We also see that as individual staff members, organizations, and communities face unprecedented challenges and changes on multiple fronts simultaneously, there is a strong desire to simply connect with each other to build community, hold space, and support self-care.
Looking ahead, social distancing and some level of remote program delivery are expected to become the new normal, but the double-sided digital divide poses a barrier to delivery and access.
The lack of technology infrastructure investment in the nonprofit sector is not new, but it is being put under a magnified light given the nature of the COVID-19 crisis. A commitment from funders to support investment in technology infrastructure, along with the training and personnel required to properly implement new solutions, is required.
But as so many respondents highlighted, oftentimes those who most require services do not have access to internet service or a devices with which to connect. According to the FCC, there are 21.3 million Americans without basic broadband access, although PEW Research pegs that number at closer to 33 million. Furthermore, PEW’s research shows there are noticeable differences in internet access based on income, education level, and race. Ensuring there is appropriate policy, funding, and intentionality to continue expanding internet service to all must be a priority.
COVID-19 is ravaging communities of color and the support systems on which they rely; shining a harsh light on long-standing fault lines in the social safety net across the country.
As noted above, the non-profit sector and localities are facing multiple challenges in addressing the COVID-19 crisis, including: 1) Increased demand for services, 2) decreasing revenue, 3) decreasing staff and volunteer capacity, and 4) antiquated technology infrastructure. The nonprofit sector exists for the very purpose of being an essential part of a safety net to help community members. For so many not to be able to fully respond in this moment due antiquated technology or a dependence on volunteers because we do not have the funding to staff operations fully, while at the same time major foundations in the United States hold $1 trillion in assets, is a serious call for change being echoed across the sector.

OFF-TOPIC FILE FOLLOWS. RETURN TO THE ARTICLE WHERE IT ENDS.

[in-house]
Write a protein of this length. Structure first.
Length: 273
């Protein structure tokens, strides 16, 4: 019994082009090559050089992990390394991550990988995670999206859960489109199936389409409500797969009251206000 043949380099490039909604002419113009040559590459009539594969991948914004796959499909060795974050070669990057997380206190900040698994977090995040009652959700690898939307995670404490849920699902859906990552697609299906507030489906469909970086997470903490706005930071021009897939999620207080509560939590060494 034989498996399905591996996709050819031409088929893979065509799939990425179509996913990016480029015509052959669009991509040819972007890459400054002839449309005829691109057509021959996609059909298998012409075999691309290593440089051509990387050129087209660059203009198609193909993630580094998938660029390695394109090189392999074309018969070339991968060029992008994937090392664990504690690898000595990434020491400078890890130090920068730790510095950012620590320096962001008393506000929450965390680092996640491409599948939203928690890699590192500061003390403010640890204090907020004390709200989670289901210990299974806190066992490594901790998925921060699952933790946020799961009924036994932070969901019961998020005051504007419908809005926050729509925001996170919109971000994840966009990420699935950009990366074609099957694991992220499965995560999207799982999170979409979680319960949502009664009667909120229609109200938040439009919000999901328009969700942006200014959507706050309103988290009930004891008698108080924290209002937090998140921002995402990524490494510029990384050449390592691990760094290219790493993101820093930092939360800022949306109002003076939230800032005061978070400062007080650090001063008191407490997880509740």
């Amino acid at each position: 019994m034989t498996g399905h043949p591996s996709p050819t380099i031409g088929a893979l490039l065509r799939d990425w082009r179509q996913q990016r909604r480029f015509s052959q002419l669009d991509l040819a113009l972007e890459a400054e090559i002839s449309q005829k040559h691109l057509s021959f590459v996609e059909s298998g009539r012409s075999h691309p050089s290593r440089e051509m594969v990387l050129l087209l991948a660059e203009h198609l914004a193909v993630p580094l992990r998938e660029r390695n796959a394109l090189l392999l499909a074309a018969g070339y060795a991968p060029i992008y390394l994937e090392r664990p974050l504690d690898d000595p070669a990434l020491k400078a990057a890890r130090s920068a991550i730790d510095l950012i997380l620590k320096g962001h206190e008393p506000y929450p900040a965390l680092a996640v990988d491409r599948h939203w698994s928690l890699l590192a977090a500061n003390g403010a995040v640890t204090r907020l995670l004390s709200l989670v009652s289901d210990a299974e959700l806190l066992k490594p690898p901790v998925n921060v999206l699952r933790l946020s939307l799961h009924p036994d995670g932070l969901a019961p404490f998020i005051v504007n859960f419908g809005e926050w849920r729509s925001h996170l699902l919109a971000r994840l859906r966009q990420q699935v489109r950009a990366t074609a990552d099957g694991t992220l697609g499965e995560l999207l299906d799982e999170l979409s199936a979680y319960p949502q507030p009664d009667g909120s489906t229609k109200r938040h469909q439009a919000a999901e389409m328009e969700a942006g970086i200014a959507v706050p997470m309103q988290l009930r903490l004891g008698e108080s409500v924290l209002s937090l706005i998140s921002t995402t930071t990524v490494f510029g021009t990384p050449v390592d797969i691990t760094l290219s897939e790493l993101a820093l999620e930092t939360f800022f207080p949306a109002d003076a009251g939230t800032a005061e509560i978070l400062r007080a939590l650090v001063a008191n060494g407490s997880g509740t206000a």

In many cases, community members are turning to each other and mutual aid to meet their immediate needs. A quick review of Public Allies’ COVID-19 Resources page lists more than 2 dozen mutual aid initiatives across the country, while this list includes over 120 mutual aid networks that sprung up quickly to address the COVID-19 crisis; often building on organizing begun in previous crises. While these mutual aid networks offer powerful examples of community care, their necessity should give the nonprofit sector and its funders reasons to self-reflect and examine why they are needed in the first place.
It is critical that even while we seek to meet immediate needs on the frontlines of this crisis, we in the non-profit, public and philanthropic sectors also look in the mirror at what underlying conditions, decisions, and under-investments led to these outcomes in the first place. As we pursue a more just and equitable future, we can’t be satisfied with “going back to normal,” but instead must re-imagine a new more inclusive and equitable normal going forward; something we’ve seen a hunger and appetite for on our recent Virtual Community All-Network calls. The creativity and innovation happening in communities across the country can and should be harnessed. Indeed – even as the critical demand for direct service support increases – philanthropy must simultaneously find ways to keep working towards and investing in systems-change.
Read the full report here.